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Russia: Radiation Contamination Facts Shrouded in Controversy


By Katarzyna Wysocka



Prague, 29 October 1996 (RFE/RL) -- Greenpeace says that Russia's only operating uranium mine complex is poisoning the environment in its area of Eastern Siberia. A Swedish institute says the mine isn't any problem at all.

Now comes the Russian Academy of Medical Science to say that neither organization has the data fully to back up its claims.

The mines are near Krasnokamensk, a formerly closed town with 76,000 inhabitants close to the Chinese and Mongolian borders with Siberia. The complex is run by the Priargunskiy Mountain Chemical Combine and includes three underground uranium mines, an open pit uranium mine and facilities for uranium processing.

The manager of the facility says it is the biggest complex of its kind in the world. At present, its entire production is sold in Europe, the United States, Argentina and Canada.

The Swedish branch of the international activist environmental organization, Greenpeace, has urged the Swedish government to stop importing Russian uranium. A spokesperson for Swedish Greenpeace says that Greenpeace research shows radiation from the uranium works is contaminating a large area. The spokesperson, Dima Litvinov, told our correspondent that the radiation and other byproducts are damaging peoples' health in the region.

Swedish Greenpeace made its first trip to Krasnokamensk two years ago and reported that the uranium mining raises the incidence of cancers and birth defects to alarming levels.

Last August, Russia expelled Litvinov and another Swedish Greenpeace activist. They had been researching what they said were environmental problems of the uranium mines in the region. As Litvinov described it to RFE/RL: "The police made us sign a document saying we had broken the law of the former Soviet Union."

In contrast with the Greenpeace position, the Swedish government's Radiation Protection Institute says that the uranium mining complex is having no impact on environment and public health in the region at all.

Responding to the early Greenpeace reports, the Swedish Ministry of the Environment last summer sent to the area a delegation led by the institute. In ten days, the delegation visited authorities in Moscow, went to Krasnokamensk, visited the complex, and met with local authorities and representatives of the mining company.

A member of the delegation, Hans Ehdwall, told RFE/RL in a telephone interview that the visitors found no significant impact on the population of Krasnokamensk that could be related to the uranium mining.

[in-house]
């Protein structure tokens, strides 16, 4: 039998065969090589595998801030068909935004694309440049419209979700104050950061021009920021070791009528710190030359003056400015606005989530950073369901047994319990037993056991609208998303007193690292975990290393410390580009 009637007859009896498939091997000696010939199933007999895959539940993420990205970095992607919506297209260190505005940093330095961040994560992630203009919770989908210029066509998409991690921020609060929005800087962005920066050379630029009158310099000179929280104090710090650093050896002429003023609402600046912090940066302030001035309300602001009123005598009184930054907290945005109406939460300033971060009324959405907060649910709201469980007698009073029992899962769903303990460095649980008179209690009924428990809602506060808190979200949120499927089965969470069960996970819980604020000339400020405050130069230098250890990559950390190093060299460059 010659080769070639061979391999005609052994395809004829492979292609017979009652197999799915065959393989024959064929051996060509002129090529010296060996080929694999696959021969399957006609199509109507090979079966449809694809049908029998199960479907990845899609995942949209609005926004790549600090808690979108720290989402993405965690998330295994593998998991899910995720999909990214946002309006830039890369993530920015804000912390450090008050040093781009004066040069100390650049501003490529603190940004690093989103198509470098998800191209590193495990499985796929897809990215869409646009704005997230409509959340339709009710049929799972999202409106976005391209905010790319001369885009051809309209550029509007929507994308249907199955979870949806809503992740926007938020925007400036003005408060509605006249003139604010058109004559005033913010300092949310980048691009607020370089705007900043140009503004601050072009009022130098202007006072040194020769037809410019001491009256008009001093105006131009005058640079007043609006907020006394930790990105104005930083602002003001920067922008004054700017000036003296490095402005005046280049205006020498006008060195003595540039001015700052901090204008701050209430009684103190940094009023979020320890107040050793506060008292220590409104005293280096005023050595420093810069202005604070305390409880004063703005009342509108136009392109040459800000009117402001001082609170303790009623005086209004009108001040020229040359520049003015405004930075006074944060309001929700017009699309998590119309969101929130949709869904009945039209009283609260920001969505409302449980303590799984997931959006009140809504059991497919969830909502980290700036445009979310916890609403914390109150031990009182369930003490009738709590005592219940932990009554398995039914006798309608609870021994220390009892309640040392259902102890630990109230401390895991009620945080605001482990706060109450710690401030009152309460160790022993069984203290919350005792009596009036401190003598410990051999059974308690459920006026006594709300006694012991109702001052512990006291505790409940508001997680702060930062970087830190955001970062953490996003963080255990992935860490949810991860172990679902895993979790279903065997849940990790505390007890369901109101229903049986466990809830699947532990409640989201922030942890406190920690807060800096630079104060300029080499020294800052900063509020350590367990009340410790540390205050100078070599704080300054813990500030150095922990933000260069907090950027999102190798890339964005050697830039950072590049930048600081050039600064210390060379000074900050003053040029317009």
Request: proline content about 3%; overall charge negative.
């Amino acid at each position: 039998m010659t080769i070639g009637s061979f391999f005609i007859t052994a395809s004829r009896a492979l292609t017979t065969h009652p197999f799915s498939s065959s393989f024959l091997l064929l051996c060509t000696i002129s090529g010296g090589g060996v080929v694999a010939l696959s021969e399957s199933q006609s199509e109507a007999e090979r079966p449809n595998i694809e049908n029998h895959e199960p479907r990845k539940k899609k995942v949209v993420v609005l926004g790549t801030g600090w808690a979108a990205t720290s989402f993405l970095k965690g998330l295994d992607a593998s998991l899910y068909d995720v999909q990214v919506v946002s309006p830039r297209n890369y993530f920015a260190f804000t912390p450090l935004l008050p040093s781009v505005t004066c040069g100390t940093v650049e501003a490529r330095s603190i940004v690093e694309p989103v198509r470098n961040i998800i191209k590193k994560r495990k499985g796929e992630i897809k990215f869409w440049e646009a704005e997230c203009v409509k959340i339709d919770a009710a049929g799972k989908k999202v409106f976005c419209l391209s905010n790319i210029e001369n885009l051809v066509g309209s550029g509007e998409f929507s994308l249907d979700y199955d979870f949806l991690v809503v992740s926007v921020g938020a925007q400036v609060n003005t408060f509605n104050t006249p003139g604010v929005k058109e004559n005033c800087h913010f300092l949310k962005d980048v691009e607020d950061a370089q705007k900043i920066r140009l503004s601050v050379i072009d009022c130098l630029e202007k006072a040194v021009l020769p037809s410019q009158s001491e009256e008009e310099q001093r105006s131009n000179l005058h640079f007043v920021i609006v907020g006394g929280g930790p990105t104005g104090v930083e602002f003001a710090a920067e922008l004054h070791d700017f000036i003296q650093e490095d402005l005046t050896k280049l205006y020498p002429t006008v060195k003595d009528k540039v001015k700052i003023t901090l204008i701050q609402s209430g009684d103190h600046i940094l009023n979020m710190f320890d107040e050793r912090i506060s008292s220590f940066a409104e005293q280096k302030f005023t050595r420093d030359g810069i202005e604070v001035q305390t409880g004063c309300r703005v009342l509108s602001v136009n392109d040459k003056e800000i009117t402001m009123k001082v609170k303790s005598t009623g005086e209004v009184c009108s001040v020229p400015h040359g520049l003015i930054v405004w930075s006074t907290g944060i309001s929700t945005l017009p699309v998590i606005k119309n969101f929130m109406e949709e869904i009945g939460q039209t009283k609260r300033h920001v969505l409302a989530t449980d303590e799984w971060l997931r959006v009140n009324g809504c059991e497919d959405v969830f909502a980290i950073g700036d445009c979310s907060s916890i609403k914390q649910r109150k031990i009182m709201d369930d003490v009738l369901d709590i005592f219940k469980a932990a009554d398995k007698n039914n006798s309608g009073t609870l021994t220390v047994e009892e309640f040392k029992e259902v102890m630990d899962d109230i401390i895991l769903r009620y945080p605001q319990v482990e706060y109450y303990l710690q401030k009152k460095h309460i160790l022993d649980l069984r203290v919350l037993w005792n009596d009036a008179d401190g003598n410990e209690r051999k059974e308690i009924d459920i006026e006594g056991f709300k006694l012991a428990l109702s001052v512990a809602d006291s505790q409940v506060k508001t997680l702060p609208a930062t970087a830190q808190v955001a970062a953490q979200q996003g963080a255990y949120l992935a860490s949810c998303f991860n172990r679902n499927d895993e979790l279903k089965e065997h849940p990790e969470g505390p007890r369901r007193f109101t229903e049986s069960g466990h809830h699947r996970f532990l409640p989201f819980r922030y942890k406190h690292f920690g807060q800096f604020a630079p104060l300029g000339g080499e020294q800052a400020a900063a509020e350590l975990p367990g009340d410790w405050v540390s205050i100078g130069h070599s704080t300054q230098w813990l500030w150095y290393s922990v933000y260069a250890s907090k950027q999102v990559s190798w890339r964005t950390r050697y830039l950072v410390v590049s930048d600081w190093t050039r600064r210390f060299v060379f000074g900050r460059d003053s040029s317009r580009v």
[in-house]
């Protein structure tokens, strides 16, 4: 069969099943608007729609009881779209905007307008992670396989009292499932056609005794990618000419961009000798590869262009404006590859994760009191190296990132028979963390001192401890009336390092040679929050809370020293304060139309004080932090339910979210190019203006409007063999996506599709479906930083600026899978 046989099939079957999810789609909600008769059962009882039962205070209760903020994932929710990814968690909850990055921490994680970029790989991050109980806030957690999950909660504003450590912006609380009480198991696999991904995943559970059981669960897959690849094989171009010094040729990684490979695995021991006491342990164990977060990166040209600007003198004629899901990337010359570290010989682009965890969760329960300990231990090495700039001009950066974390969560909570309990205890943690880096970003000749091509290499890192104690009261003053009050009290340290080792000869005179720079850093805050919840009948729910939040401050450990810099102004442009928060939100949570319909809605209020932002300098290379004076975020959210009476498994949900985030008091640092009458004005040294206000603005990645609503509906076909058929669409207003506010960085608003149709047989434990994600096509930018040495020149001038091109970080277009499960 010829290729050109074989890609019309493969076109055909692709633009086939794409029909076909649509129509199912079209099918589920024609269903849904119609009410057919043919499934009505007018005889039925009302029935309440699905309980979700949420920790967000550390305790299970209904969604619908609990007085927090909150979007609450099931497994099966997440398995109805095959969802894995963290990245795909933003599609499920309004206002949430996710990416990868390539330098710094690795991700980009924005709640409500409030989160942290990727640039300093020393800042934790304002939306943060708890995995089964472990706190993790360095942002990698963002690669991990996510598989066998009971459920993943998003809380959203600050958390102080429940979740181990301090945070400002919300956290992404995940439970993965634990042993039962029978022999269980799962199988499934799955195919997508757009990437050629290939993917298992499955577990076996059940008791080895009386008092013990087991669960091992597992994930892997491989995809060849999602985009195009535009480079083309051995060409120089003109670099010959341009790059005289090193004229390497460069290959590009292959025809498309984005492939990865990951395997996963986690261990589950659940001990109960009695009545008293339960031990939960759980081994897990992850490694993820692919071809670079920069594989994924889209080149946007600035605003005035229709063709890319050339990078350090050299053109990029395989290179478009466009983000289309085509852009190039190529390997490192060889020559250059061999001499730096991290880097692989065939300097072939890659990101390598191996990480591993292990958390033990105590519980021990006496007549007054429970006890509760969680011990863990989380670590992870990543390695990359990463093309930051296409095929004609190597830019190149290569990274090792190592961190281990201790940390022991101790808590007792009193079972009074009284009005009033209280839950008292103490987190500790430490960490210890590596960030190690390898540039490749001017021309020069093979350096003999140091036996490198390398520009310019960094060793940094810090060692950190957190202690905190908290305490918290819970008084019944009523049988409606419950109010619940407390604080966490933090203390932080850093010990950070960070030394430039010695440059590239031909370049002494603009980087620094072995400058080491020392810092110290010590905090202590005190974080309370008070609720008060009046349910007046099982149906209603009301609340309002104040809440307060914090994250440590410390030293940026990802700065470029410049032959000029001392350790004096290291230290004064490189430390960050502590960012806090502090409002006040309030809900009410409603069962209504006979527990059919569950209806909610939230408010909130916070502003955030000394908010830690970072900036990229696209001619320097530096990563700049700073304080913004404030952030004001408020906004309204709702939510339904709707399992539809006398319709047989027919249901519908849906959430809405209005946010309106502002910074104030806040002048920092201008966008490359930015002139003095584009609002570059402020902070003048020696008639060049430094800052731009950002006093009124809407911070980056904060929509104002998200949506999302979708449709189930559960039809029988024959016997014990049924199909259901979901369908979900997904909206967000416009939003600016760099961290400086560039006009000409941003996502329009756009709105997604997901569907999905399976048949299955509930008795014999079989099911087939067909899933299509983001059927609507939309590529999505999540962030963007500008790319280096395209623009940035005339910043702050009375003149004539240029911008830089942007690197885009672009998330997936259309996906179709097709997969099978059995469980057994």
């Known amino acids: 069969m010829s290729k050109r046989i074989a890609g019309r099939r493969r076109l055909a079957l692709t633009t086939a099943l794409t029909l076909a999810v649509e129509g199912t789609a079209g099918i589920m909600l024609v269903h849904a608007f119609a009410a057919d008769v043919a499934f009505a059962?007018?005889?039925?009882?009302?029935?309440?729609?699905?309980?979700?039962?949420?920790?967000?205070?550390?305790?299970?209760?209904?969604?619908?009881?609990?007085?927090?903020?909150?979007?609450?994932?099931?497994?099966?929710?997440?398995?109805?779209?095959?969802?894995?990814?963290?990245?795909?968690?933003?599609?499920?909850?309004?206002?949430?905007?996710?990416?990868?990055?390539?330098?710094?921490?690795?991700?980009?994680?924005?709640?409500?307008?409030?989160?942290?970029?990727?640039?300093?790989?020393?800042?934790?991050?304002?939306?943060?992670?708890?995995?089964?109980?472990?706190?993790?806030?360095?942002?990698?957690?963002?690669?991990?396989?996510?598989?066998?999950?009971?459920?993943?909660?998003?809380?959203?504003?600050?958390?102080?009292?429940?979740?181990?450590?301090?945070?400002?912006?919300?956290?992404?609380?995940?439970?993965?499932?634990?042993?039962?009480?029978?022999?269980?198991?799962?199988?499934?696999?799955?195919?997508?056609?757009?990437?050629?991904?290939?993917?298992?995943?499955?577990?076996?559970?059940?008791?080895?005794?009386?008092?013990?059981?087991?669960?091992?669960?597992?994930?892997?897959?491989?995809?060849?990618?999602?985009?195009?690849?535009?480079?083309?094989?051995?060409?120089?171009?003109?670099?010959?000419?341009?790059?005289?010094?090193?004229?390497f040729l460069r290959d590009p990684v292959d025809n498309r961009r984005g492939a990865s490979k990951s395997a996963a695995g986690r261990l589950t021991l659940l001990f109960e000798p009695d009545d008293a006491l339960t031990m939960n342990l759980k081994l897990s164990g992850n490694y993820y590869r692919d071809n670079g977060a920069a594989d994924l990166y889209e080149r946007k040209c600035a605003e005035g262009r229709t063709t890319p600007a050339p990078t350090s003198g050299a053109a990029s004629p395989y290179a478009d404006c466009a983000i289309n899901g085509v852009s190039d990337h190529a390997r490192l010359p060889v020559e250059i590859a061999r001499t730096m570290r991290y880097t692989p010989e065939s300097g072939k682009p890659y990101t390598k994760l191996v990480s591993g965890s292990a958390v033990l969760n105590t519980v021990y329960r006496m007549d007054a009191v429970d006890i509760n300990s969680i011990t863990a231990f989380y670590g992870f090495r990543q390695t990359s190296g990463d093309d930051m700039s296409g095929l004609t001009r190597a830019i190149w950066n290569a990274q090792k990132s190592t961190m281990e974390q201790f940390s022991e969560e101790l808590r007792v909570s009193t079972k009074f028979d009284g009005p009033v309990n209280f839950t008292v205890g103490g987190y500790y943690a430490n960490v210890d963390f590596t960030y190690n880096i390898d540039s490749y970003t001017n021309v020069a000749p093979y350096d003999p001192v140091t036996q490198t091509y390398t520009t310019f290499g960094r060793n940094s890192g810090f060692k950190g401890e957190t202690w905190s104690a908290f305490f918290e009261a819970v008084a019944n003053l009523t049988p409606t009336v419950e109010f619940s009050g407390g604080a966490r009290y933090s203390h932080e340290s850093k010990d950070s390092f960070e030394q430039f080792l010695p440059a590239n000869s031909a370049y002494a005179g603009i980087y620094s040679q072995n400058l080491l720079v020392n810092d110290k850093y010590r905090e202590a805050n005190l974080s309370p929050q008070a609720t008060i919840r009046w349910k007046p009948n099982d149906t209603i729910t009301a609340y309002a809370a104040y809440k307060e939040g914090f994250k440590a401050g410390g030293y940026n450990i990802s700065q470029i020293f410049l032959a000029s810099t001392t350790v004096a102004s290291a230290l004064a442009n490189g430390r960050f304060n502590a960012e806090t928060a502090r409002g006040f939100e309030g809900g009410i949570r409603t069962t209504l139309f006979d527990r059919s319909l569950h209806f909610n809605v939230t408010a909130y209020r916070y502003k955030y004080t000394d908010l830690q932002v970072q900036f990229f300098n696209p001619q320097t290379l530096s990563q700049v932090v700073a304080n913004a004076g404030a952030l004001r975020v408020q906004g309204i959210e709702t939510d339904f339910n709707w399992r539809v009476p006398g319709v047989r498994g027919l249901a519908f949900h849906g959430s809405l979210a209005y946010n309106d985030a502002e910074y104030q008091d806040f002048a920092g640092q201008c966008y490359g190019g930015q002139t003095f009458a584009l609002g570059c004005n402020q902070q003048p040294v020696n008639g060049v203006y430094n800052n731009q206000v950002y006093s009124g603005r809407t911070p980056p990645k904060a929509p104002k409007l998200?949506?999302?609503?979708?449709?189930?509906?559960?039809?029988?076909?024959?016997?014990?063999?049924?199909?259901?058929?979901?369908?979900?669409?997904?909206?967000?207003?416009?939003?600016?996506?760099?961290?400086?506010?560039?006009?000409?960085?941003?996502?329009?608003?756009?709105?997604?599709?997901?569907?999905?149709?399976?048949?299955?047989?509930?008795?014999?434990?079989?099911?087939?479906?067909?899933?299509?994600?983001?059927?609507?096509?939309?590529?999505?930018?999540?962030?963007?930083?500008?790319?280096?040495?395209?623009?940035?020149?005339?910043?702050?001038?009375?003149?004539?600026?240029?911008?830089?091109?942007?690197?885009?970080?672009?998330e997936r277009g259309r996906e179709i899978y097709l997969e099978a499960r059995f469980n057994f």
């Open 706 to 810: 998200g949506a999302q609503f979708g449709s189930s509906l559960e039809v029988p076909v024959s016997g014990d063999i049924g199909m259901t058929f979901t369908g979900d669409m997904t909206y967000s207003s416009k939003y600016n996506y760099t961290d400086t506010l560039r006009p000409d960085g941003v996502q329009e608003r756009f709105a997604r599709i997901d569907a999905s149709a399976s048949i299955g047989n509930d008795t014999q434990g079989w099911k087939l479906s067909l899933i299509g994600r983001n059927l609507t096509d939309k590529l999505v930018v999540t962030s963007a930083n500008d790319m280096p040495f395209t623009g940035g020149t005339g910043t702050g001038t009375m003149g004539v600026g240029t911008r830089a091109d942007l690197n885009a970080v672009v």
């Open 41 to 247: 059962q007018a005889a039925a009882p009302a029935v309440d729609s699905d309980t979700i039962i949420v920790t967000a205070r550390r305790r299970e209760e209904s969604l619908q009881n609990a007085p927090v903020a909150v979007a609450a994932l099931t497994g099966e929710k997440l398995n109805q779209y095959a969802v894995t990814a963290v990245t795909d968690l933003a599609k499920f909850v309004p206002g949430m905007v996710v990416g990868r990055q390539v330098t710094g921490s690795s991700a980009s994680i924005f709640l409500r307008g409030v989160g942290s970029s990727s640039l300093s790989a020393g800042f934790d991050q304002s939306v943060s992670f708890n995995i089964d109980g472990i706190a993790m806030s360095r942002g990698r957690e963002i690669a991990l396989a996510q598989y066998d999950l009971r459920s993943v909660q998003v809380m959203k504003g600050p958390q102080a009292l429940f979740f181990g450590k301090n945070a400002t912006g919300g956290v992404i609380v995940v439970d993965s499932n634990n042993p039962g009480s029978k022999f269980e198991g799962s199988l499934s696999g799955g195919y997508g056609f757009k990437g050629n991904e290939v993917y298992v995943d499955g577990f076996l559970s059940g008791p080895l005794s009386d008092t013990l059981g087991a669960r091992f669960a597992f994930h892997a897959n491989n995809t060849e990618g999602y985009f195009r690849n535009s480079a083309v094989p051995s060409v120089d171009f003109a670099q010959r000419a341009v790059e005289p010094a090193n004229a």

Asked if the research wasn't one-sided, since the delegation dealt principally with governmental and mine-complex authorities, Ehdwall said: "This is how international diplomacy works." Ehdwall also is a senior official of the institute

The chairman of the East Siberian subsidiary of the Russian Academy of Medical Science told RFE/RL in a telephone interview that both Greenpeace and the Radiation Protection Institute took their data from a three-year-old preliminary report of a medical study which the academy was conducting. The academy official, Sergei Kolesnikov, said most of the conclusions of Greenpeace and the Swedish Radiation Protection Institute are based on that study.

He said each organization took the same data and used it to bolster its own position.

Kolesnikov said that the health situation in Krasnokamensk is a matter for legitimate concern. He said the academy study showed that cases of cancer in the Krasnokamensk region has increased by a multiple of three since 1979. Kolesnikov said that incidence of cancer in Krasnokamensk remains lower than the average in the rest of the Russian federation, but, he said, the rate of increase is higher.

He said the study showed that the incidence of children born with malformations is more than triple that of 17 years ago.

However, Kolesnikov said that the reason for the worsening health of the population is a complex combination of many factors. One factor is the worsening social situation in Krasnokamensk. Radon gas and radiation coming from the uranium works as well as from natural mineral deposits in the soil are important factors also, he said.

The small village of Oktyabrskiy is inside the industrial zone of the uranium combine. Health there is so bad that the Academy of Medical Science has called on the federation government to declare the village an environmental catastrophe zone. This would require evacuation of the village.

Kolesnikov said Greenpeace's interpretation of the data was simplistic in describing the uranium works as the only reason for deteriorating public health in the whole region of Krasnokamensk. But the Swedish Radiation Protection Institute's statements also were inaccurate, Kolesnikov said.

"The Swedish delegation didn't have the data to draw adequate conclusions; nobody showed them statistics about the health situation before 1985," he said.

He said that medical research organizations need to do more research to determine why health problems have increased so sharply, but the researchers lack the necessary funds.

The Greenpeace activist, Dima Litvinov told RFE/RL: "It is a vicious circle." Litvinov said that the Russian government uses the statement of the Swedish delegation to justify failing to allocate research money. He said the result is that facts about the health situation remain hidden, and Sweden can continue undisturbed to buy Russian uranium.

Recently the Russian newspaper "Nezalisimaya Gazeta" said that Greenpeace's protests about the health of the people in Krasnokamensk could cost Russia its place in the world uranium market. The newspaper quoted an official of the Russian Ministry of Atomic Energy as charging that Swedish Greenpeace is paid by French and American companies seeking to edge Russia out of the world market.
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